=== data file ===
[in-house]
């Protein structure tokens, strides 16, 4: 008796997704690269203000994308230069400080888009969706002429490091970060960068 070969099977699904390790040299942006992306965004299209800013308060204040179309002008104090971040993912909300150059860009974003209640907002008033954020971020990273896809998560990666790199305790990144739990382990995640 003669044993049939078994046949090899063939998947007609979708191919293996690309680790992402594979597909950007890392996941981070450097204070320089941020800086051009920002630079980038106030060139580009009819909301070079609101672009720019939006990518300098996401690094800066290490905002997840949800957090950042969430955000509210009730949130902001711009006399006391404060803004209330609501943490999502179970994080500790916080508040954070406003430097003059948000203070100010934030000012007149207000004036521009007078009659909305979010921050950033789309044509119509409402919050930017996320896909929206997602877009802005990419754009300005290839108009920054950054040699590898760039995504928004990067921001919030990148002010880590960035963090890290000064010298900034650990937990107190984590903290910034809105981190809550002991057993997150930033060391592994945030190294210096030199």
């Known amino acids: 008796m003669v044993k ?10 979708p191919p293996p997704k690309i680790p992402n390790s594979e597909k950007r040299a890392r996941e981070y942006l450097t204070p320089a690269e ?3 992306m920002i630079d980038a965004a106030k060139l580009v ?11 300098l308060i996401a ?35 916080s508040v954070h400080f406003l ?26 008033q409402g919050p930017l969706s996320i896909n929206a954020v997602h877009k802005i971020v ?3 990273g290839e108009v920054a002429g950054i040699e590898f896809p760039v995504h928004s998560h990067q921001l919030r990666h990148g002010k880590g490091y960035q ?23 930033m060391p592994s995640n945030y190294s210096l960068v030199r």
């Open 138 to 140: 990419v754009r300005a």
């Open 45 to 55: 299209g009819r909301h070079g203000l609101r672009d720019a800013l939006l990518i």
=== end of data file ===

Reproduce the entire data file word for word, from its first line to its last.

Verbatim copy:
[in-house]
């Protein structure tokens, strides 16, 4: 008796997704690269203000994308230069400080888009969706002429490091970060960068 070969099977699904390790040299942006992306965004299209800013308060204040179309002008104090971040993912909300150059860009974003209640907002008033954020971020990273896809998560990666790199305790990144739990382990995640 003669044993049939078994046949090899063939998947007609979708191919293996690309680790992402594979597909950007890392996941981070450097204070320089941020800086051009920002630079980038106030060139580009009819909301070079609101672009720019939006990518300098996401690094800066290490905002997840949800957090950042969430955000509210009730949130902001711009006399006391404060803004209330609501943490999502179970994080500790916080508040954070406003430097003059948000203070100010934030000012007149207000004036521009007078009659909305979010921050950033789309044509119509409402919050930017996320896909929206997602877009802005990419754009300005290839108009920054950054040699590898760039995504928004990067921001919030990148002010880590960035963090890290000064010298900034650990937990107190984590903290910034809105981190809550002991057993997150930033060391592994945030190294210096030199």
């Known amino acids: 008796m003669v044993k ?10 979708p191919p293996p997704k690309i680790p992402n390790s594979e597909k950007r040299a890392r996941e981070y942006l450097t204070p320089a690269e ?3 992306m920002i630079d980038a965004a106030k060139l580009v ?11 300098l308060i996401a ?35 916080s508040v954070h400080f406003l ?26 008033q409402g919050p930017l969706s996320i896909n929206a954020v997602h877009k802005i971020v ?3 990273g290839e108009v920054a002429g950054i040699e590898f896809p760039v995504h928004s998560h990067q921001l919030r990666h990148g002010k880590g490091y960035q ?23 930033m060391p592994s995640n945030y190294s210096l960068v030199r």
């Open 138 to 140: 990419v754009r300005a």
């Open 45 to 55: 299209g009819r909301h070079g203000l609101r672009d720019a800013l939006l990518i």